UEL Privacy Statement
The University of East London recognises that personal privacy is an important issue, and our website practices are in compliance with all relevant UK legislation.
At time of writing, users are not required to register or provide any personal information in order to use the main website at the University of East London. No personal data is stored by or captured through the site without users’ prior knowledge and consent.
Where personal information is captured (eg through web forms for prospectus requests, applications to study, feedback, etc), the user will be aware of what information is being given and why. Any personal information that you provide to us will be used only for the purpose stated at the time we request it or for related communications. See also our Data Protection Policy.
What data is collected?
In common with most websites, this site automatically logs certain information about every request made of it. The University’s website does not automatically capture or store personal data from visitors to the site, other than to log your IP address and session information. Session information includes the time and duration of your visit to the site, the files requested, and the browser used.
This information will only be accessed by authorised persons of the University of East London or its agents. The information will be kept by the University and used only for the purpose of:
- Managing the site system
- The identification of broken links
- Bug tracking
- For statistical and audit purposes.
Relevant subsets of this data may be passed to computer security teams as part of investigations of computer misuse involving this site or other computing equipment in the University. Data may be passed to the administrators of other computer systems to enable investigation of problems accessing this site or of system misconfigurations.
Data may incidentally be included in information passed to contractors and computer maintenance organisations working for the University, in which case it will be covered by appropriate non-disclosure agreements.
Personal data in forms
A number of fill-in forms are provided on this site. The pages containing these forms include information on how data submitted on them will be processed and used, and such information is held by the University in accordance with the provisions of the Data Protection Act 1998. The information collected will only be used for the stated purpose, and, by supplying such information you consent to the University storing the information for that purpose. See also our Data Protection Policy document.
The UEL website uses Google Analytics, a web analytics service provided by Google, Inc. Google Analytics sets a cookie in order to evaluate your visit to our website and compile reports and to help us improve the site.
How to control and delete cookies
Please visit www.aboutcookies.org for a more comprehensive guide to deleting and controlling cookies.
The University of East London is committed to the security of our users’ personal information and we have security procedures in place to protect against loss, misuse or alteration of personal information under the University’s control.
Data protection at UEL - Important changes to the law
All organisations that process the personal data of individuals are bound by rules regarding how they manage that data under the Data Protection Act (DPA). The DPA is being replaced by the General Data Protection Regulation (GDPR) on 25th May 2018. The government has confirmed that the UK’s decision to leave the EU will not affect the commencement of the GDPR which will be introduced in the form of the Data Protection Bill.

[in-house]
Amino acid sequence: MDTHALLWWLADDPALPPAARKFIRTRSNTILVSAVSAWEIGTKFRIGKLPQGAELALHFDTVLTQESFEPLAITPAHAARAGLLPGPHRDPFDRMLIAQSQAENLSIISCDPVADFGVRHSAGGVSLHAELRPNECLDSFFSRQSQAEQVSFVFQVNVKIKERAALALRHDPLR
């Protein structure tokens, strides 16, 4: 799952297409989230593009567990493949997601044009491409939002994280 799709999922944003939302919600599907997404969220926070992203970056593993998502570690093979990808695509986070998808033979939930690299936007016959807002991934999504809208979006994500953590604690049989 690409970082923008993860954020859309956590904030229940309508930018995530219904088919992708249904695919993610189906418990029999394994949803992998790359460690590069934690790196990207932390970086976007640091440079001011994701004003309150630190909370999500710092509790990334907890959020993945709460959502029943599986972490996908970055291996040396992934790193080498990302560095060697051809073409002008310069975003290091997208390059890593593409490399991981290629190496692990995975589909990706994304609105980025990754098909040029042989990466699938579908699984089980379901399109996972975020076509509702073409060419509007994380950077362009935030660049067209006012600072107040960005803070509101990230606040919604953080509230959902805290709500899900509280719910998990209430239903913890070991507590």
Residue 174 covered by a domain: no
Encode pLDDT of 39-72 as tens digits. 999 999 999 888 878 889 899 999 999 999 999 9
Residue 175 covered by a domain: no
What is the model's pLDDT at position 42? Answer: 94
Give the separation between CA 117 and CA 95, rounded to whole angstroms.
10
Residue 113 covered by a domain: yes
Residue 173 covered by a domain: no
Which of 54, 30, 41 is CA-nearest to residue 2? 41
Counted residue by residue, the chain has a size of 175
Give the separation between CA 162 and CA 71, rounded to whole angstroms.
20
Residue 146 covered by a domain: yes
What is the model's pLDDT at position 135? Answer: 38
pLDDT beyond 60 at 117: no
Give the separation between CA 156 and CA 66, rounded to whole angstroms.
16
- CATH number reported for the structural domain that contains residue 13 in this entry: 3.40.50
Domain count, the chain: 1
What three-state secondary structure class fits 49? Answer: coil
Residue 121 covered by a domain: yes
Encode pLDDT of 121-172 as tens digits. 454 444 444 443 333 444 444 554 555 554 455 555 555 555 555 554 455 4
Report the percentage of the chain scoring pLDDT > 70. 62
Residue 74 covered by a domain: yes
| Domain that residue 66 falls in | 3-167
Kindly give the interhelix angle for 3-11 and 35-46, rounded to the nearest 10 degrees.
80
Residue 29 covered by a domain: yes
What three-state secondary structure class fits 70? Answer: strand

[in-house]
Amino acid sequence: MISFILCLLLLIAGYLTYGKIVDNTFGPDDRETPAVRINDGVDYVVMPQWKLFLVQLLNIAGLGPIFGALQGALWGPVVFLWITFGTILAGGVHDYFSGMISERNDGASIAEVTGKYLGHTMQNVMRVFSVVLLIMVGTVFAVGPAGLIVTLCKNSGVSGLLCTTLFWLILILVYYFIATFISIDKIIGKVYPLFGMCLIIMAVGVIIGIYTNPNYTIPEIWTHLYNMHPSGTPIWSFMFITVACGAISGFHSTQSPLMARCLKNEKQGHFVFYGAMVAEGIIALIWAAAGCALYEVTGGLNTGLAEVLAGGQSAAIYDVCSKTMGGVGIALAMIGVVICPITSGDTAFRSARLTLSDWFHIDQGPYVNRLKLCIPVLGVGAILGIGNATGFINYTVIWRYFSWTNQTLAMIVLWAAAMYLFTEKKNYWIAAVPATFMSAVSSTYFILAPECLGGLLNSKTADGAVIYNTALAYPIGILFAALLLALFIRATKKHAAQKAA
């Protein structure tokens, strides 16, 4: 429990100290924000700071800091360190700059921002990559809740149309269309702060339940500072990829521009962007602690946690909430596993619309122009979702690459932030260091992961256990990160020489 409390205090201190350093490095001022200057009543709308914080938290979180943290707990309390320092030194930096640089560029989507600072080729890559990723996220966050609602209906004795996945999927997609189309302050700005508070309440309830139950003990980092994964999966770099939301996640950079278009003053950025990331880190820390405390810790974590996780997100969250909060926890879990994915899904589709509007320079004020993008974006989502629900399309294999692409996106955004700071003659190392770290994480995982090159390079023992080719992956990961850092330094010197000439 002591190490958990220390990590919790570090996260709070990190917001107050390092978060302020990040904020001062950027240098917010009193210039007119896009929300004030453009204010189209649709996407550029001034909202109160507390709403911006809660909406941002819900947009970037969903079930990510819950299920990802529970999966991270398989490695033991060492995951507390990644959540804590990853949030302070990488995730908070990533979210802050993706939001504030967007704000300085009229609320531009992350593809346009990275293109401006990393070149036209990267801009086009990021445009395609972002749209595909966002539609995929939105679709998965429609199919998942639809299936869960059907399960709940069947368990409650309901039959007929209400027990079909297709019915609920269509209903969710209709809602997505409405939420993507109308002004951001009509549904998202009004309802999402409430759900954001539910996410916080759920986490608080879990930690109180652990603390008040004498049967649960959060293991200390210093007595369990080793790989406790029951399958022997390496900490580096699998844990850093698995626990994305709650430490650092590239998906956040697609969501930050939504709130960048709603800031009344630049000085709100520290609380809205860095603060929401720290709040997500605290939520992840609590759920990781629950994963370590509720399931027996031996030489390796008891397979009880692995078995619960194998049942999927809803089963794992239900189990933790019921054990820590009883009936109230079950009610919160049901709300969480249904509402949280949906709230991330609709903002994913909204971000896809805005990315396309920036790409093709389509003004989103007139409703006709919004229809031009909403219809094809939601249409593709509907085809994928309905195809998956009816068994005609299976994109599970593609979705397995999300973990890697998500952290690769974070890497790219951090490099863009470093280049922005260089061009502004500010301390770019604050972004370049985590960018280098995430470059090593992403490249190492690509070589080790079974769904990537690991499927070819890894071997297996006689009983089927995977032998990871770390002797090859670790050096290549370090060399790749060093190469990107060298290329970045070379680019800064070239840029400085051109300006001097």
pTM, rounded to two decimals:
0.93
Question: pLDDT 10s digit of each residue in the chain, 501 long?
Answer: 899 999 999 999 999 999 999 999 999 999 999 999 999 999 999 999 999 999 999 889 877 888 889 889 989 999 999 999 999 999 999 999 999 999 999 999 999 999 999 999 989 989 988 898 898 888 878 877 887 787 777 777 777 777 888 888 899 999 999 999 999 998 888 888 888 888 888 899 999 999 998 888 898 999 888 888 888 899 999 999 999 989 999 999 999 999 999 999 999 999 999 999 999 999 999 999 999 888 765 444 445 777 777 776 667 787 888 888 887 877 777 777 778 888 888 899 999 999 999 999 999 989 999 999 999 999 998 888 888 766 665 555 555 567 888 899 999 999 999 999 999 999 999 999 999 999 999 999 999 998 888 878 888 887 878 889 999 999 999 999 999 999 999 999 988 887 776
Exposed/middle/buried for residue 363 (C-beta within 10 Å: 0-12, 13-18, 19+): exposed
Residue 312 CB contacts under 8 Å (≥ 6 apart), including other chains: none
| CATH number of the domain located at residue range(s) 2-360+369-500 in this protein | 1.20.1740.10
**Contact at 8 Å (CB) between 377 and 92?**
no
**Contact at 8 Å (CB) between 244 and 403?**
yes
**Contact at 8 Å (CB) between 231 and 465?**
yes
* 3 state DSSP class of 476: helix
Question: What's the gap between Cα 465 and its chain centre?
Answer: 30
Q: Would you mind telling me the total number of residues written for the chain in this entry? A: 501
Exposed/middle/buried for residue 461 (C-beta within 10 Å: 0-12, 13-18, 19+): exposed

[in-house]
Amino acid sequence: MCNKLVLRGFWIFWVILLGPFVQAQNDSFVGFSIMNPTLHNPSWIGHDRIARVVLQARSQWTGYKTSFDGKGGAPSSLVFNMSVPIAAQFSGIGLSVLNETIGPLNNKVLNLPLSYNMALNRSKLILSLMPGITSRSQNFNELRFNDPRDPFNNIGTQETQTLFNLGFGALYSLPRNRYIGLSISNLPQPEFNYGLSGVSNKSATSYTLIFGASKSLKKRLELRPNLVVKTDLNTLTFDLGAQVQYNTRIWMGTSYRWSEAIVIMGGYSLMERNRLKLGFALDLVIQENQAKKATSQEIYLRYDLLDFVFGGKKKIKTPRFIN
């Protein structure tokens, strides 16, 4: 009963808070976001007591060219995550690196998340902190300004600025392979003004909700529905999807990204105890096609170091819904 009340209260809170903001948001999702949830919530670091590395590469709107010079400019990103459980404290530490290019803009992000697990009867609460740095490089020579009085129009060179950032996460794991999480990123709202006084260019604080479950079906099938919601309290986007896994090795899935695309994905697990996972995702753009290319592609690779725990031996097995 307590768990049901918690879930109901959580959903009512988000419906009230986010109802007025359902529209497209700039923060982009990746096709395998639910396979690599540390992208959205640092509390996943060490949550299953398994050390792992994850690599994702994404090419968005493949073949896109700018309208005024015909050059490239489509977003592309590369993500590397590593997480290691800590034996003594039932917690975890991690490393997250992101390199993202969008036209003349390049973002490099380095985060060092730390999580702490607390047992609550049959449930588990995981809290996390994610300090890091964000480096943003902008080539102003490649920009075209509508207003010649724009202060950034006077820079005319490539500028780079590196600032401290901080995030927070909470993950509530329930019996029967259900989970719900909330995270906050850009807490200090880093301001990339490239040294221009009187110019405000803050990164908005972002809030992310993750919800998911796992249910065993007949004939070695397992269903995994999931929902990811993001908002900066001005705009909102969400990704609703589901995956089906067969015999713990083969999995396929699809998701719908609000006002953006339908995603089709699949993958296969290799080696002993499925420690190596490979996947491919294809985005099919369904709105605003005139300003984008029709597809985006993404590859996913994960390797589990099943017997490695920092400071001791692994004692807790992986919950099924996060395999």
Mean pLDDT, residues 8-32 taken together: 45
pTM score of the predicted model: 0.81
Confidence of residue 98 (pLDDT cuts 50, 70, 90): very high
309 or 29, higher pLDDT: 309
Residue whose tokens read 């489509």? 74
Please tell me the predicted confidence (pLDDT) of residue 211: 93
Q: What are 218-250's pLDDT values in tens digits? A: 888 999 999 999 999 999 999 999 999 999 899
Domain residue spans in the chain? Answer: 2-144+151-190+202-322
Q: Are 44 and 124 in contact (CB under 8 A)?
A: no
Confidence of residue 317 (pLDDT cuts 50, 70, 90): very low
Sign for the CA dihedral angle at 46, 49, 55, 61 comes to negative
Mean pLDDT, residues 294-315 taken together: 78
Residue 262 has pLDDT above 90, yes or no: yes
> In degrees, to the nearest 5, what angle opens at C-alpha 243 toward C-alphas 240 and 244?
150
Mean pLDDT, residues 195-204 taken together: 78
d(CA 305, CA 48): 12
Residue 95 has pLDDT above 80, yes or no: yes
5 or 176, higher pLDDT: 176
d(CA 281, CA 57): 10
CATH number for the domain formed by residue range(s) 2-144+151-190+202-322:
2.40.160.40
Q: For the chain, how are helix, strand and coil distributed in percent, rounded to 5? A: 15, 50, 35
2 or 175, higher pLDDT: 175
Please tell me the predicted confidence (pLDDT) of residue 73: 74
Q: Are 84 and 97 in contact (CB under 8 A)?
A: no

The GDPR updates the rules on how organisations manage and use personal data. It also gives people rights regarding how organisations manage their personal data.
The University will need to do some things differently in the way we collect, use and manage personal data and all staff will need to play their part to ensure compliance. Work is underway to prepare for the changes and these pages will continue to be updated to provide further advice and guidance.
What information is covered under GDPR?
Like the DPA, the GDPR applies to ‘personal data’. The GDPR’s definition of personal data is more comprehensive and includes online identifiers such as online accounts, IP address etc. The more expansive definition provides for a wide range of personal identifiers to constitute personal data, reflecting changes in technology and the way organisations collect information about people.
The GDPR applies to both automated personal data and to manual filing systems where personal data are accessible according to specific criteria.
Sensitive personal data
The GDPR refers to sensitive personal data as “special categories of personal data”. These categories are similar to those in the DPA such as gender, ethnicity and disability but also include new areas such as genetic and biometric data. Processing sensitive personal data has additional requirements, which much be adhered to.
The GDPR principles
Like the DPA, the GDPR sets out principles of processing for all personal data. In essence, if an organisation cannot meet these principles, they cannot legally process the data. The new principles are:
(a) personal data must be processed lawfully, fairly and in a transparent manner in relation to individuals;
(b) personal data must be collected for specified, explicit and legitimate purposes and not further processed in a manner that is incompatible with those purposes; further processing for archiving purposes in the public interest, scientific or historical research purposes or statistical purposes shall not be considered to be incompatible with the initial purposes;
(c) personal data must be adequate, relevant and limited to what is necessary in relation to the purposes for which they are processed;
(d) personal data must be accurate and, where necessary, kept up to date; every reasonable step must be taken to ensure that personal data that are inaccurate, having regard to the purposes for which they are processed, are erased or rectified without delay;